Identifying Fake Communications

Here are some ways to identify fraud attempts in emails or phone calls, according to the IRS:[7]

  • IRS agents don’t call or text.
  • The agency doesn’t send threatening, prerecorded voicemail messages.
  • The IRS doesn’t demand any specific payment method, such as a debit card, wire transfer or gift card. In addition, check all phone numbers and addresses with the official IRS website before sending any payments.
  • The IRS doesn’t take credit or debit cards payments by phone.
  • The IRS doesn’t use local police, immigration officers or other law enforcement agencies to arrest people for not paying debt.
  • It won’t revoke a state license, such as a driver’s license, or immigration status.

Conduct Phishing Awareness Training

Human error is a factor in 90% of breaches.[8] Though that’s a troubling statistic, it also means there’s an opportunity to significantly improve cyber security by providing phishing awareness training to all employees. Training can help employees spot typical indicators of malicious activity, such as misspellings or an inauthentic tone in messages. It also encourages employees to practice safe cyber behavior, such as hovering the cursor over a URL to see if it’s from the purported sender, and navigating directly to a website instead of clicking on a link.

Instruct employees to report suspicious calls and e-mails. It’s a good idea to create a reporting tool for potentially dangerous calls, emails and other messages.

Use Technology to Thwart Tax Scams

A range of technologies can help to reduce the likelihood of tax scams and other fraud attempts.

  • Businesses should establish controls and secondary approval for all significant payments or transfers. Otherwise, a single unwitting employee could succumb to an illegitimate demand for unpaid taxes.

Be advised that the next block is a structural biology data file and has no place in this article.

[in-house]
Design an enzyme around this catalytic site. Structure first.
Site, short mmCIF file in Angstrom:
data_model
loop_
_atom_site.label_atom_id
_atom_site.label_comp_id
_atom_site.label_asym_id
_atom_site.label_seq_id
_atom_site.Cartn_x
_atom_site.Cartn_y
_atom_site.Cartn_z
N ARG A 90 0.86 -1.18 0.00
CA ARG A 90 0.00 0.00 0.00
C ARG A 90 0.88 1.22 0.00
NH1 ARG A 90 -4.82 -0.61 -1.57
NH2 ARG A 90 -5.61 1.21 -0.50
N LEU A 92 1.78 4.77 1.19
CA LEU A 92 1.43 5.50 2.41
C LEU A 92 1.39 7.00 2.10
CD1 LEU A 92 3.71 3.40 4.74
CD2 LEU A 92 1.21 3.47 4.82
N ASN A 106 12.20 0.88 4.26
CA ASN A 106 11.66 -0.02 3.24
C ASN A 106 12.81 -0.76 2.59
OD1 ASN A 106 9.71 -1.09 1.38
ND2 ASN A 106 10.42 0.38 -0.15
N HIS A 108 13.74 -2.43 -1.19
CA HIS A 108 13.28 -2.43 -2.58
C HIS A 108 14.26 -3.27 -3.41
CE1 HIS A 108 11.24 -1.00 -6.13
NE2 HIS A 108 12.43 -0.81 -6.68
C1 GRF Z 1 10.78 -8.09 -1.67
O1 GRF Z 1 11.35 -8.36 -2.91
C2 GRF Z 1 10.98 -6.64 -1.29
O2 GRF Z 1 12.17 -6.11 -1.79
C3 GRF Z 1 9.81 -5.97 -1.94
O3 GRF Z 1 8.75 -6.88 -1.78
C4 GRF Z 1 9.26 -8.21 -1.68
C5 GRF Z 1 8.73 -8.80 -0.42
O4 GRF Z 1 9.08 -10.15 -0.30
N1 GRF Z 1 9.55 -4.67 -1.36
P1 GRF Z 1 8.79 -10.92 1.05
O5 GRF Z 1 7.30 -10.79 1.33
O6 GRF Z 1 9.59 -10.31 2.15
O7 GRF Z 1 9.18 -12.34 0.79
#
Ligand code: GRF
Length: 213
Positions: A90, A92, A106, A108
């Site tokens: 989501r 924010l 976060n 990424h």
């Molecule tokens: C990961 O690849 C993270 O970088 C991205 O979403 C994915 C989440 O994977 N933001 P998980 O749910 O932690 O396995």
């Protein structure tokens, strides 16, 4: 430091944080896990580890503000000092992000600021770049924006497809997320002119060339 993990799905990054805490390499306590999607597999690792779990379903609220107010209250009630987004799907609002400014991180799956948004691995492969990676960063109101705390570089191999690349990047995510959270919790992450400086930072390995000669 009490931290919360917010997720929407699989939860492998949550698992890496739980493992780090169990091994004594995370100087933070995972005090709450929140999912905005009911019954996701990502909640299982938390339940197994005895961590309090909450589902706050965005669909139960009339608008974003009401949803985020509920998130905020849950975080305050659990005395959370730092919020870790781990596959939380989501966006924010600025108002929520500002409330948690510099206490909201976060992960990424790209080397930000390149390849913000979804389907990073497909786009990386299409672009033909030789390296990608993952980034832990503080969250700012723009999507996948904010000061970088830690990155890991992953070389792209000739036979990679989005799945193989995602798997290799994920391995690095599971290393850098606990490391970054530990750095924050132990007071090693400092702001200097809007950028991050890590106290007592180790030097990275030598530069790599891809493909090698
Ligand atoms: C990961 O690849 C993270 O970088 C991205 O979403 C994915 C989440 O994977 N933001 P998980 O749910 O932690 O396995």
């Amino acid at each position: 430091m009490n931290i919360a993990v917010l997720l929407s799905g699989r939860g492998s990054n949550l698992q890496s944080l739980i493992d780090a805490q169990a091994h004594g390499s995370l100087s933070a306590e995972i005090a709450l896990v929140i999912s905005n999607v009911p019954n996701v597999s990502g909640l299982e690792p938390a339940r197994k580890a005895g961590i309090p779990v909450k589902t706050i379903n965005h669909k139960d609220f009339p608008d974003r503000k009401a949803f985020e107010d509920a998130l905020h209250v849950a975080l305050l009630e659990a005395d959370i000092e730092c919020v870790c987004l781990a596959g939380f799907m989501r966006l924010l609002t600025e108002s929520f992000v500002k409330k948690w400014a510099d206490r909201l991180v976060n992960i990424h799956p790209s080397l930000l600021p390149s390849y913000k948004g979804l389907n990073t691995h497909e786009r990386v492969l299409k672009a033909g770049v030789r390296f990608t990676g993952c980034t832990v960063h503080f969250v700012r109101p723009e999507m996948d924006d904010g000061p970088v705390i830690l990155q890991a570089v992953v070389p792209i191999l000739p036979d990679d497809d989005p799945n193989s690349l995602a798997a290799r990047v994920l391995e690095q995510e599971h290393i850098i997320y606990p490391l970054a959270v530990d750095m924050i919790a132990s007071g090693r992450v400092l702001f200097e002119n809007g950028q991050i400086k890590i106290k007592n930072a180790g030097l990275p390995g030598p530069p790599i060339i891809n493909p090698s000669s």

• Employ multi-factor authentication (MFA), which can help thwart cyber criminals even if they have obtained a password through illegitimate means.
  • Use virtual private networks (VPNs) and other encryption tools to help protect data at rest and in motion.
  • Sophisticated threat protection tools can spot misspellings and block bad links before someone clicks on them. These services also whitelist and blacklist sites and senders. Malware scanners and antivirus software can spot many viruses and other infections.
  • Ensure that all enterprise and personal software are up-to-date and patched.
  • Consider using phone apps that screen calls and flash warning messages when a potentially dangerous call arrives. Check with your phone service provider about additional tools that detect and block nuisance calls.

File a Tax Return as Early as Possible.

To minimize the chance of tax scams, businesses and individuals should file their taxes as soon as possible. This helps prevents criminals from filing a fraudulent return in your name.

The Bottom Line

A longer tax season and government stimulus checks have created a larger window of opportunity for crooks attempting to commit tax fraud and other cyber threats. Yet it’s possible to keep things in check—and keep your money safe—with a defensive posture and a focus on technology, processes and phishing awareness.

 

 

[1]Secret Service Issues Tax Season Alert,” United States Secret Service, Department of Homeland Security.

[2]Urging people to watch out for COVID-19, tax scams,”CBS19 News.

[3] “Secret Service Issues Tax Season Alert,” United States Secret Service, Department of Homeland Security.

[4]4 common tax scams and how to protect yourself from falling victim to them,” CNBC.com.

[5]Phishing and Online Scams,” Internal Revenue Service, U.S. Dept. of the Treasury.

[6]Secret Service Issues Tax Season Alert,” United States Secret Service, Department of Homeland Security.

[7]Avoid scams: Know the facts on how the IRS contacts taxpayers,” Internal Revenue Service.

[8] “2017 Cost of Data Breach Study,” Ponemon Institute